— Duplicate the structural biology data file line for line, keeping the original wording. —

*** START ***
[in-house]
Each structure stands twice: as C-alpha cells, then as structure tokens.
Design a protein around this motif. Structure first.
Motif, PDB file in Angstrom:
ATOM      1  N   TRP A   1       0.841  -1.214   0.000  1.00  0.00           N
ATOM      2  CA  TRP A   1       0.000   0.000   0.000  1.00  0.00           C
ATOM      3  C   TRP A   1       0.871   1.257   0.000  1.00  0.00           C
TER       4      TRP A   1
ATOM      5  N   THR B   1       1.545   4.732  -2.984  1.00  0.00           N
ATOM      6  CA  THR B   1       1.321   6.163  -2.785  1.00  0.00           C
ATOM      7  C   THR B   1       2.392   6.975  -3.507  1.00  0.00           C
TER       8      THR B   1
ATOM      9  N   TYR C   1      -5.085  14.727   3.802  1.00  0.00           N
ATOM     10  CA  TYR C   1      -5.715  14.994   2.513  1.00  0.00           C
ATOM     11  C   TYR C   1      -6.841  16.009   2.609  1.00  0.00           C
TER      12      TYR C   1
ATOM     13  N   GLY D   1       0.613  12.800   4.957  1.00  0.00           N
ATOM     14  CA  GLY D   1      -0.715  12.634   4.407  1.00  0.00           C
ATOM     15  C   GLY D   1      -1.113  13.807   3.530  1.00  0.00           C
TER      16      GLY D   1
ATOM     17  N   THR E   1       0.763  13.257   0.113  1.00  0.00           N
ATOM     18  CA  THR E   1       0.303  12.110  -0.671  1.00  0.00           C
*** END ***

[in-house]
Each structure stands twice: as C-alpha cells, then as structure tokens.
Design a protein around this motif. Structure first.
Motif, PDB file in Angstrom:
ATOM      1  N   TRP A   1       0.841  -1.214   0.000  1.00  0.00           N
ATOM      2  CA  TRP A   1       0.000   0.000   0.000  1.00  0.00           C
ATOM      3  C   TRP A   1       0.871   1.257   0.000  1.00  0.00           C
TER       4      TRP A   1
ATOM      5  N   THR B   1       1.545   4.732  -2.984  1.00  0.00           N
ATOM      6  CA  THR B   1       1.321   6.163  -2.785  1.00  0.00           C
ATOM      7  C   THR B   1       2.392   6.975  -3.507  1.00  0.00           C
TER       8      THR B   1
ATOM      9  N   TYR C   1      -5.085  14.727   3.802  1.00  0.00           N
ATOM     10  CA  TYR C   1      -5.715  14.994   2.513  1.00  0.00           C
ATOM     11  C   TYR C   1      -6.841  16.009   2.609  1.00  0.00           C
TER      12      TYR C   1
ATOM     13  N   GLY D   1       0.613  12.800   4.957  1.00  0.00           N
ATOM     14  CA  GLY D   1      -0.715  12.634   4.407  1.00  0.00           C
ATOM     15  C   GLY D   1      -1.113  13.807   3.530  1.00  0.00           C
TER      16      GLY D   1
ATOM     17  N   THR E   1       0.763  13.257   0.113  1.00  0.00           N
ATOM     18  CA  THR E   1       0.303  12.110  -0.671  1.00  0.00           C